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December 08, 2008


Mr Mannn

WDBR, 103.7

do you remember WSMI from Litchfield (106.1)? it was pretty farm-report oriented during the day, but starting at 6 pm (this is in the early/mid-80s) it would play a lot of harder rock that didn't get airplay on WDBR (I remember Aldo Nova and Billy Thorpe being in heavy rotation....I didn't say it was especially good), mixed in with alerts as to which shifts at the Peabody mines would be on the next day...looks like it's a country station now


My first was at the New Haven Coliseum (which has long since been demolished) in 1974 or '75 and it was Bachman Turner Overdrive with Elvin Bishop, kind of an unusual pairing but both put on a good show and I was hooked on live rock.
Some of the best I remember: Rush with AC/DC- with Bon Scott on vocals- and a band called Trooper- who actually got the middle slot, go figure.
I also remember seeing Ted Nugent open for Black Sabbath and the Nuge blew Ozzy and his guys away! Osbourne kept complaining to the audience, "What's wrong, people?!" Iron Man finally got the crowd going but the night belonged to Ted Nugent. I saw Nugent 3 more times after that.
Another great one: The Who performing Quadrophenia in its entirety. Simply amazing. I have seen The Who a total of 5 times but that was the best. Townshend is still fantastic but Daltrey's voice only lasts a few songs these days.
Finally- Cheap Trick. Still amazing. Sad to say I missed them back in the late 70's/early 80's but have now seen them 9 times (including an unforgettable Sgt. Pepper show with a full orchestra at a sold out Hollywood Bowl in CA). The new Budokan DVD is great as it showed me the intensity they had in their early days. They still rock- Robin still has a wonderful voice and Rick Nielsen's antics make for a great show, but they were hungry then.

Kurt Gottschalk

Hey Mr. Mann -

Was WSMI formerly WEEE (aka W3E)? I think so. I remember W3E fondly. Their only sponsor was JOB rolling papers, as I recall, and they'd play full albums, usually mid-period Pink Floyd, it seems. Except when it was preempted by a high school basketball game.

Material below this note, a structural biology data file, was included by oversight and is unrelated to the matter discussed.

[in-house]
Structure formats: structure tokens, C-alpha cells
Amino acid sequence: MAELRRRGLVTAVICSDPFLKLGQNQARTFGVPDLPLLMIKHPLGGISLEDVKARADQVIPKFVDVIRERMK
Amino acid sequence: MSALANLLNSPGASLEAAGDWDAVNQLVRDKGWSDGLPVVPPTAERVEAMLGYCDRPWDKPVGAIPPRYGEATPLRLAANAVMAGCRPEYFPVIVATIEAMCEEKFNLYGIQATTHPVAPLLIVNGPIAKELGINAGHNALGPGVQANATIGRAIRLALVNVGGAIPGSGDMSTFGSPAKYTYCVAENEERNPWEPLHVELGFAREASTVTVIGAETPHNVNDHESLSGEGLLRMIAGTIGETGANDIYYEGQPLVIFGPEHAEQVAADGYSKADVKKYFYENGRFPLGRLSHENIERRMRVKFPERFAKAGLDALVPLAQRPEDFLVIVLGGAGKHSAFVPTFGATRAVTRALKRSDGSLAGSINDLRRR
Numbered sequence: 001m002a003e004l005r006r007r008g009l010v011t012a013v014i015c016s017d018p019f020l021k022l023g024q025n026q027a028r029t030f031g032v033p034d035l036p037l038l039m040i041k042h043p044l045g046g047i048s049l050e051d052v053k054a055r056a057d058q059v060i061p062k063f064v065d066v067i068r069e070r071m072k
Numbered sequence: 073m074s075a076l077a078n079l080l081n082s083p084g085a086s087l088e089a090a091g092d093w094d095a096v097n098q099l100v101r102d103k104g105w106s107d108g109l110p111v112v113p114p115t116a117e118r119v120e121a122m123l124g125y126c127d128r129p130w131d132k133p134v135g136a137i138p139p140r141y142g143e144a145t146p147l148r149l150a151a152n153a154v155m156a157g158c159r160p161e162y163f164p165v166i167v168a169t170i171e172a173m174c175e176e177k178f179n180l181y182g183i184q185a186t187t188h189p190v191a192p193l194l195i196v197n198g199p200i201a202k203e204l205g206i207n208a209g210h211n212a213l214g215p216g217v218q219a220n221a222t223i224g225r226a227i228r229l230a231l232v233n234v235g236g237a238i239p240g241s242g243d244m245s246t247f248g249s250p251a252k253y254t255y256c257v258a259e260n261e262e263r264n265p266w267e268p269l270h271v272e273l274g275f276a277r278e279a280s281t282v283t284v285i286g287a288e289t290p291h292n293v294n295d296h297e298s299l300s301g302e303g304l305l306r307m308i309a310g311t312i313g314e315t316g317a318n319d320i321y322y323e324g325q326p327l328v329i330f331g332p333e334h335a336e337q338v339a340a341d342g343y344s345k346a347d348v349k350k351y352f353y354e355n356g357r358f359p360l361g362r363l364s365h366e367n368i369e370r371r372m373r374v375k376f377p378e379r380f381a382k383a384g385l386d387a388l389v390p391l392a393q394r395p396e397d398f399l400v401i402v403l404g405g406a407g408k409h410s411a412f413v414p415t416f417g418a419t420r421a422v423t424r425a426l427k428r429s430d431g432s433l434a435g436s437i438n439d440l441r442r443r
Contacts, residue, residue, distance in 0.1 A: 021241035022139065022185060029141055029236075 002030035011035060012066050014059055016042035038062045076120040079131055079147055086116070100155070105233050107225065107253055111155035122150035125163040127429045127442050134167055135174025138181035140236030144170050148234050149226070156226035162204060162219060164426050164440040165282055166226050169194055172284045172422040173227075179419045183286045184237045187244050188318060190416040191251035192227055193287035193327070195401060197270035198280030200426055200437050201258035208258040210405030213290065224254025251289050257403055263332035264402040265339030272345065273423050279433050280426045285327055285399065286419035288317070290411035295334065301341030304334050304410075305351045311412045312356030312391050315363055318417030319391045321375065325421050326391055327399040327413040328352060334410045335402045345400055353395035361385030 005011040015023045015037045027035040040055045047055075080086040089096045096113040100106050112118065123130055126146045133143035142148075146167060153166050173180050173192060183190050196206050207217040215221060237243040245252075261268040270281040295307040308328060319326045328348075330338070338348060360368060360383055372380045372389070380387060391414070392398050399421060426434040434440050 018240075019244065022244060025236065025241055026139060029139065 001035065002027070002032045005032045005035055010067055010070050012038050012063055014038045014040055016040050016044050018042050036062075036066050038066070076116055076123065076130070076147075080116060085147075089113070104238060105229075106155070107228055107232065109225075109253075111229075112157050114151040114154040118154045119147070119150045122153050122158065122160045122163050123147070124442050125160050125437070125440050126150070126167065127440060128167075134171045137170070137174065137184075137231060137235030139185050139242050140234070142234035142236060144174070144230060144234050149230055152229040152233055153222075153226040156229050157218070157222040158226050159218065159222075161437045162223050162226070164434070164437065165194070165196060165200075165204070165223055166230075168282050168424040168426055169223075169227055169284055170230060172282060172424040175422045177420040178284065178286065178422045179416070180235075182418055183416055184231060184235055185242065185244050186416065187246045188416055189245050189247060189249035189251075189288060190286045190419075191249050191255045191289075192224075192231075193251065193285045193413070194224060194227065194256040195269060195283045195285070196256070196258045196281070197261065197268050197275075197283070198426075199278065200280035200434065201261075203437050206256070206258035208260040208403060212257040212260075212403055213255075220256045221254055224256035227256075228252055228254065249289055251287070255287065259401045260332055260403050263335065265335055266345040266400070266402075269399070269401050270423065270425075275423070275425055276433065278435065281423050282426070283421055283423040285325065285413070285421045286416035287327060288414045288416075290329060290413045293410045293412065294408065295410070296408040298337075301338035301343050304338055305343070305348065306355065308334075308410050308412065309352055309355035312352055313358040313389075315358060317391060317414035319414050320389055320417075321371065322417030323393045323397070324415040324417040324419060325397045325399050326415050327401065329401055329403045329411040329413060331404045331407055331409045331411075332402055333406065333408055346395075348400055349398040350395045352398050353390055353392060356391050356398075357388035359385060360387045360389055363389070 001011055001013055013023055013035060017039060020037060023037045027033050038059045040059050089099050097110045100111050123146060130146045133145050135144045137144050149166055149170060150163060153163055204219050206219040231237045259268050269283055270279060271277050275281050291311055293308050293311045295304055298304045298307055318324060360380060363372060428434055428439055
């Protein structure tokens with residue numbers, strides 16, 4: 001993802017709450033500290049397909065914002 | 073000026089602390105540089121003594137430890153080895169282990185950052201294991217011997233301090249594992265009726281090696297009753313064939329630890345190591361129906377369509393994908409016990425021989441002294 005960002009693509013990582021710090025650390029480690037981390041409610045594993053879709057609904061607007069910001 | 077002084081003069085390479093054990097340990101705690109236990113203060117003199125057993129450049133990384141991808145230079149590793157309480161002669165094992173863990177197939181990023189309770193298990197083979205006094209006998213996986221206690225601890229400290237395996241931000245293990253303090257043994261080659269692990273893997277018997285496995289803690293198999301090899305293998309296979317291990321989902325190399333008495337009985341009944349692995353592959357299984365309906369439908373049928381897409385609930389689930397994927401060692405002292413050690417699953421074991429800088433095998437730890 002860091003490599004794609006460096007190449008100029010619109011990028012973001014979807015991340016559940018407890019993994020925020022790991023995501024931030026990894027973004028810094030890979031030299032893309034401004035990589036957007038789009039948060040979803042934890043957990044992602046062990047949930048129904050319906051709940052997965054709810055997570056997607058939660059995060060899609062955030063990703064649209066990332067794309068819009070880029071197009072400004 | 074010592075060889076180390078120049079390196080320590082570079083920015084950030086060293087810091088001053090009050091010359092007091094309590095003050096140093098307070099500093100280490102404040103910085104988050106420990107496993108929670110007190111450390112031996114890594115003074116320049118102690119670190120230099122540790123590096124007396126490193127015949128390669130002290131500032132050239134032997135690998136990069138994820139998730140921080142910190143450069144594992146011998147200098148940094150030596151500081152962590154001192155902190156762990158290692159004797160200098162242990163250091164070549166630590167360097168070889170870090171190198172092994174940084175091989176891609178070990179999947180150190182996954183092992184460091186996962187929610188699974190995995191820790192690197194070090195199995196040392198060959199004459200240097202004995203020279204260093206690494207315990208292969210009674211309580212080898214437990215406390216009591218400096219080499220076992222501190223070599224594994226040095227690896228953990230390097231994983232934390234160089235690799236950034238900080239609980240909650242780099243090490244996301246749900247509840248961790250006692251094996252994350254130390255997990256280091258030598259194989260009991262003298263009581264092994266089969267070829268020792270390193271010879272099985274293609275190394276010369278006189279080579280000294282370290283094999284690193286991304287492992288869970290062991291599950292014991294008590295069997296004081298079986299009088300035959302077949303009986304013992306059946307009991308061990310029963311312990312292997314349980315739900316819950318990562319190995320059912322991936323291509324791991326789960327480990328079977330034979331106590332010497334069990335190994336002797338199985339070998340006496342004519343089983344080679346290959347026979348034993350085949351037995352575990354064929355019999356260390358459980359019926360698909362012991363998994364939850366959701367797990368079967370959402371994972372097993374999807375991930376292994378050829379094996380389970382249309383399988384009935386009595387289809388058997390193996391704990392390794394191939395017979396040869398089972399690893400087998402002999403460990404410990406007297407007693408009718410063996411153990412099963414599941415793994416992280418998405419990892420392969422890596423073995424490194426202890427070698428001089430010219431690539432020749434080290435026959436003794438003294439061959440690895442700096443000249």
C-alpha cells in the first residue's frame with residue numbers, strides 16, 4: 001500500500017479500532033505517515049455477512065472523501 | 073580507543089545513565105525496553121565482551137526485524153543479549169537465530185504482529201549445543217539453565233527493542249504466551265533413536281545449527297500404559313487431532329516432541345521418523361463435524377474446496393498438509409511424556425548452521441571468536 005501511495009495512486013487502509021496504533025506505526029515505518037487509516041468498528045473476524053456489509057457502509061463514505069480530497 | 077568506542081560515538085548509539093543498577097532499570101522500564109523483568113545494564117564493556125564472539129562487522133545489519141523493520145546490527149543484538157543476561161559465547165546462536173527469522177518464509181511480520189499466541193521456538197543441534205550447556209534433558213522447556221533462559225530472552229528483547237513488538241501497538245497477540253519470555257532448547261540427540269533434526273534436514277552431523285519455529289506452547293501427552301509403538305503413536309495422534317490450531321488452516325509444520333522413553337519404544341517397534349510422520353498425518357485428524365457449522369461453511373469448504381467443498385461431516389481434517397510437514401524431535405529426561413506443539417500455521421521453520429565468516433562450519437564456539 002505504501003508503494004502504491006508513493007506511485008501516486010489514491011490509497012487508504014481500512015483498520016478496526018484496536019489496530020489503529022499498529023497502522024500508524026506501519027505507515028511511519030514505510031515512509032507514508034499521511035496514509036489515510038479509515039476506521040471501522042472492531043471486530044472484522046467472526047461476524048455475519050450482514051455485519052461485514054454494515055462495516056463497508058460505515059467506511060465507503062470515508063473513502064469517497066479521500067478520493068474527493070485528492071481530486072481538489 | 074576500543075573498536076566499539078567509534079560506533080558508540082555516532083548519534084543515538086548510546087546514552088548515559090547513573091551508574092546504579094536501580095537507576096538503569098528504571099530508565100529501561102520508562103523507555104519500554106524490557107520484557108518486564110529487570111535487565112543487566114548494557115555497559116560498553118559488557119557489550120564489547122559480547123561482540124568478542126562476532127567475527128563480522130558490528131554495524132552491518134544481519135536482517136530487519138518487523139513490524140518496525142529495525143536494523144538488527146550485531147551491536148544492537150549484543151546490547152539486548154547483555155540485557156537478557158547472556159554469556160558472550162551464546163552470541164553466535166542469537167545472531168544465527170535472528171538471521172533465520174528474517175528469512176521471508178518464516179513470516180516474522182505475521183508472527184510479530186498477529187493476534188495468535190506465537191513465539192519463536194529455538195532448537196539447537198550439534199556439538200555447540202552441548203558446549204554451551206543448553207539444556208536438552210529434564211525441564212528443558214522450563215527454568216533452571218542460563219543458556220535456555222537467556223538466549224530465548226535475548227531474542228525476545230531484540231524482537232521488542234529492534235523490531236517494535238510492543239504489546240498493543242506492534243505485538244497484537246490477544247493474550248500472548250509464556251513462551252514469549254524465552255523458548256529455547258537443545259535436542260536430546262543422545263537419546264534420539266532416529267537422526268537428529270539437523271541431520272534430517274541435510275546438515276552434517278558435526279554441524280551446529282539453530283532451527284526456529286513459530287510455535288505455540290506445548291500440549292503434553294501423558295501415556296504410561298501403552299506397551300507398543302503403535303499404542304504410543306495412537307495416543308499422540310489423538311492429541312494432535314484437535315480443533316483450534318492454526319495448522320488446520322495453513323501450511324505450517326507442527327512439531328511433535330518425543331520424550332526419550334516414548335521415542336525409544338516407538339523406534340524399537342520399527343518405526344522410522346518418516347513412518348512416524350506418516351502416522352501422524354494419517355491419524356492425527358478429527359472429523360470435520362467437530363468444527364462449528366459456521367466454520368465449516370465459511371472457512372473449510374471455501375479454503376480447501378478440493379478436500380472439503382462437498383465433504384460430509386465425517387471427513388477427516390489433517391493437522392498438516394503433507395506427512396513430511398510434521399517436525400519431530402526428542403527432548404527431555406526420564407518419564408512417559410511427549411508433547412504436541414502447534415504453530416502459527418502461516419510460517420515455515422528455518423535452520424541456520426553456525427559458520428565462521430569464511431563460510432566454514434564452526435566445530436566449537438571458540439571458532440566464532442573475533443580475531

And Ed - quite a lineup!

Scott Mercer

Not a rock concert proper first music show I believe was The De Franco Family at the Concord Hotel in the Catskills, probably at that moment the biggest venue in the Borscht Belt. They opened for comedian Alan King. (Or was it possible that Alan King opened for, not at the Concord, are you kidding me?)

I'm thinking it must have been 1974 at the height of the DeFrancos' brief fame, probably right after their two hit singles. I was 8 years old. The Concord Hotel no longer exists, petering out some time in the late 1980's. There's some recent pictures of it on the internet: a bombed-out shell of its former self, sinking into oblivion; the deep shag carpeting ripped up and plants growing in the indoor swimming pool. I can still hear the echoes in my mind of elderly Jews complaining about the herring.

But that was my first musical experience: a bad impression of the Osmonds' impression of the Jackson 5 in a 1950's nightclub showroom environment. I'm still not sure how I went on to enjoy music after that.


When I was 12, my mother took me to see the broadway show "Beatlemania" (at my request) at some theater in downtown Chicago, but since it was at a theater it doesn't count as a real concert,though it did get pretting loud when they played "Helter Skelter."

My first "real" concert was a couple years later in 1981. Tom Petty & the Heartbreakers were giving a "free" show at the Rosemont Horizon. You could get your two "free" tickets by waiting in line on Saturday morning and buying his new album "Hard Promises." I had already bought the album the week it came out, but was willing to buy another copy to get a couple free tickets. Luckily, my friend John, who worked at the store, convinced the store owner give me free tickets if I bought a different album by Tom Petty, so I was able to complete my Petty collection by buying "You're Gonna Get It." (I already had his first and "Damn the Torpedos.") I was only 14, so it was a big deal that my parents let me and my friend John go alone. They dropped us off and picked us up. Petty puts on a good show, and I remember enjoying it.

But it was my second "real" show that really knocked me out, the Ramones at the Metro in 1983 when I was 16. It was a completely different experience than the Petty show, which was in a huge stadium and where I was in the upper deck. At the Metro, I was able to run up to the stage, which came up to my chest. When the Ramones came out, I could literally reach over and untie Dee Dee's tennis shoe if I wanted to. It was the first time I "slam danced" (it wasn't called "moshing" yet.) It was incredible. I remember jumping off my friend Scott's shoulders and flying through the air. As I flew in front of the stage, I gave Joey a thumbs up. Without missing a beat, he threw out his hand and gave me a thumbs up back. By the show's end, I was as drenched as if I had taken a shower with my clothes on, and after 4 or 5 encores, as my friend and I walked back to the car, we literally steamed in the cold Chicago night. I've been to a lot of concerts since then, but none was better, though Husker Du at the Cubby Bear a couple years later came close.

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